Caltrans Opens 10-Mile Section of Angeles Crest Highway (State Route 2)
Residents, Business Owners and Road-Trip Enthusiasts Applaud!
Caltrans District 7 got a big “thumbs up” from a vast array of people – all somehow connected by a roadway -- when it re-opened a 10-mile section of Angeles Crest Highway (State Route 2) on May 20, just in time for the Memorial Day weekend. A part of SR-2 had been closed since March 2005 for extensive repairs and safety improvements from Islip Saddle to Vincent Gap in the Angeles National Forest.
Overlooking a breathtaking view of the forest, still with patches of lingering snow, Doug Failing, Caltrans District 7 Director, officiated in a ribbon-cutting event on SR-2 at Vincent Gap Vista Point, approximately 12 miles west of Wrightwood. Failing was joined by Brad Mitzelfelt, Supervisor, District 1, San Bernardino County Board of Supervisors; Captain Jerry Flavin, California Highway Patrol (CHP), Southern Division, and Dr. Ray Wolfe, Caltrans District 8 Director (San Bernardino and Riverside Counties).
This $10.5 million project constructed a bridge along with roadway repairs and safety improvements. Severe winter weather conditions in 2004-05 caused extensive damage at 17 sites along this route. Additional damage occurred in spring 2006, requiring construction of a bridge that is designed for rocks, debris and run-off to flow beneath it. This scenic route provides a direct connection to and from Los Angeles and San Bernardino Counties especially vital to emergency responders and the work of the United States Forest Service (U.S.F.S.) staff and park rangers.
“The opening of Angeles Crest Highway benefits many including local residents, businesses, agencies and emergency responders who protect citizens and the natural habitat,” said Failing, “A safe and open roadway also benefits those who visit the area as sports enthusiasts or to simply enjoy the pristine mountains.”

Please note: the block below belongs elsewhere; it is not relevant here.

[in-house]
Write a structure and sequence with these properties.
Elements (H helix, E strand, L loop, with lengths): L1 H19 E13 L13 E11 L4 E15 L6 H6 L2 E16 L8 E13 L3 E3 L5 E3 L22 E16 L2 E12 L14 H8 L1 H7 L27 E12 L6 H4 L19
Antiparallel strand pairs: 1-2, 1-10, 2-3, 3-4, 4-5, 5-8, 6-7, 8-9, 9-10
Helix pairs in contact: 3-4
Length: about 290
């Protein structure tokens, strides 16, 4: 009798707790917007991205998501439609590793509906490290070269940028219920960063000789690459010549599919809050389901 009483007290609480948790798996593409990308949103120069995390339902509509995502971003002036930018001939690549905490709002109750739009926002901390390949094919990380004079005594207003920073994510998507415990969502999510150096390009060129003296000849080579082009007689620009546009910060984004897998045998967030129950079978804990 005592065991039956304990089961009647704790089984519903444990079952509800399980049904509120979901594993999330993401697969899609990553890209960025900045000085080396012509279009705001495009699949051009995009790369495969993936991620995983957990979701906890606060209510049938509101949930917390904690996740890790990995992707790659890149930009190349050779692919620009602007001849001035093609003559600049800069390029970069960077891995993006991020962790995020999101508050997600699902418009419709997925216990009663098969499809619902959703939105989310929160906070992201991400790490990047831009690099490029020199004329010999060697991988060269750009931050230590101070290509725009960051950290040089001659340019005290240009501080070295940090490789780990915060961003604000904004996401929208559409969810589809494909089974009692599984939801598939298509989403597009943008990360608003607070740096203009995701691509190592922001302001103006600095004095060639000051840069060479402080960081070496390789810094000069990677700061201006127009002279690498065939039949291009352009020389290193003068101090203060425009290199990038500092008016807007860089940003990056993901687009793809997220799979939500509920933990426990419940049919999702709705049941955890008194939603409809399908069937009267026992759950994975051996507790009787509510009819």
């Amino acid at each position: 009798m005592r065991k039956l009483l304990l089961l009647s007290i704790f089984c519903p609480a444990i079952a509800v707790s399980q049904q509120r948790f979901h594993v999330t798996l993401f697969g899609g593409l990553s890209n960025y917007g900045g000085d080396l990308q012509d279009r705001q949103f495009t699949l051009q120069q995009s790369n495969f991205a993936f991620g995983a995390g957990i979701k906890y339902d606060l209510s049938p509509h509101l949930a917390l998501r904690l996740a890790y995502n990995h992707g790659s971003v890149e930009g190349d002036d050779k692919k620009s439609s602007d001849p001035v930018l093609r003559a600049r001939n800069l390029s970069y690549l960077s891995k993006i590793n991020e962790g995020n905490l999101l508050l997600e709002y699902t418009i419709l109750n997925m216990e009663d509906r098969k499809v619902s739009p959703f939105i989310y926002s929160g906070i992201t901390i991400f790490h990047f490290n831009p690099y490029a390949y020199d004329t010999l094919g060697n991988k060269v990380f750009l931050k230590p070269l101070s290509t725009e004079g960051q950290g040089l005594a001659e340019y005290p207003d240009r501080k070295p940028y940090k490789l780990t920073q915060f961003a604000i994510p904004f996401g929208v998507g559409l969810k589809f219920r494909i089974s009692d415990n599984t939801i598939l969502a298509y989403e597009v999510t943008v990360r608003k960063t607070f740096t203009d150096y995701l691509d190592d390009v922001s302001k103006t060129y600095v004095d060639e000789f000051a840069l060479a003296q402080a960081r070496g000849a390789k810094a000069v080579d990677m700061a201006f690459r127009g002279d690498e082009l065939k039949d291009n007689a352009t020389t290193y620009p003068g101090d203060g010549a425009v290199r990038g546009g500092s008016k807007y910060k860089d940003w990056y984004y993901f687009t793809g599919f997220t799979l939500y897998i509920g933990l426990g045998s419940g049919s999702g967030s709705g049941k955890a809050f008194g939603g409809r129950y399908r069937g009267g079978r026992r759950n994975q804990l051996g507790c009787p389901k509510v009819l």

Nearly 100 people attended the opening event including local residents, public safety personnel from the U.S.F.S. as well as the Los Angeles County and San Bernardino County Sheriff Departments, elected officials and eager spectators excited to get on with their road trips on bikes, motorcycles and vintage cars. A group of hikers passing by even stopped to join the casual event.
CHP Captain Flavin addressed the crowd with a message of roadway safety and reminded motorists and the general public to share the road and to observe speed limits.
Brad Mitzelfelt, San Bernardino County Supervisor, spoke of the benefits to the public and local Wrightwood residents and businesses that have lost revenue due to the road’s closure.
Other speakers included field staff from the offices of Congressmember David Dreier, District 26, represented by Mark Harmsen; Senator George Runner, District 17, and Assemblymember Steve Knight, District 36, were both represented by Rebecca Tennison; and Assemblymember Anthony Adams was represented by Tonya Wilson. Kudos were given in droves to Caltrans staff from both District 7 and District 8 who worked to bring about these improvements.
Wolfe, who has extensive knowledge of structures, told the crowd that this new 208-foot long “Bulb-T” girder pre-cast concrete bridge is the third longest structure of its type in the world, and perhaps second longest in the country. Parts of the bridge were transported in sections and reconstructed on-site abutting a 75 percent mountain slope. The road summits at a 7,903 foot altitude, making it one of the highest roadways in Southern California. Caltans structural engineers say that the use of pre-cast concrete bridge systems in California is increasing. The benefits of such systems over traditional cast-in-place construction include a reduction in traffic disruption, environmental impacts, and life cycle costs as well as improved work zone safety. (see Inside 7, December 2008 Issue for photos and details of the construction).
And finally, speaking for the community of Wrightwood, a town of about 3,800 residents, its Honorary Mayor Robin Treloar thanked Caltrans for road improvements and opening the road. She said that the closed thoroughfare and the economy had impacted local businesses and those whose livelihoods depend upon tourism. For them, an open road will help residents to regain a better quality of life.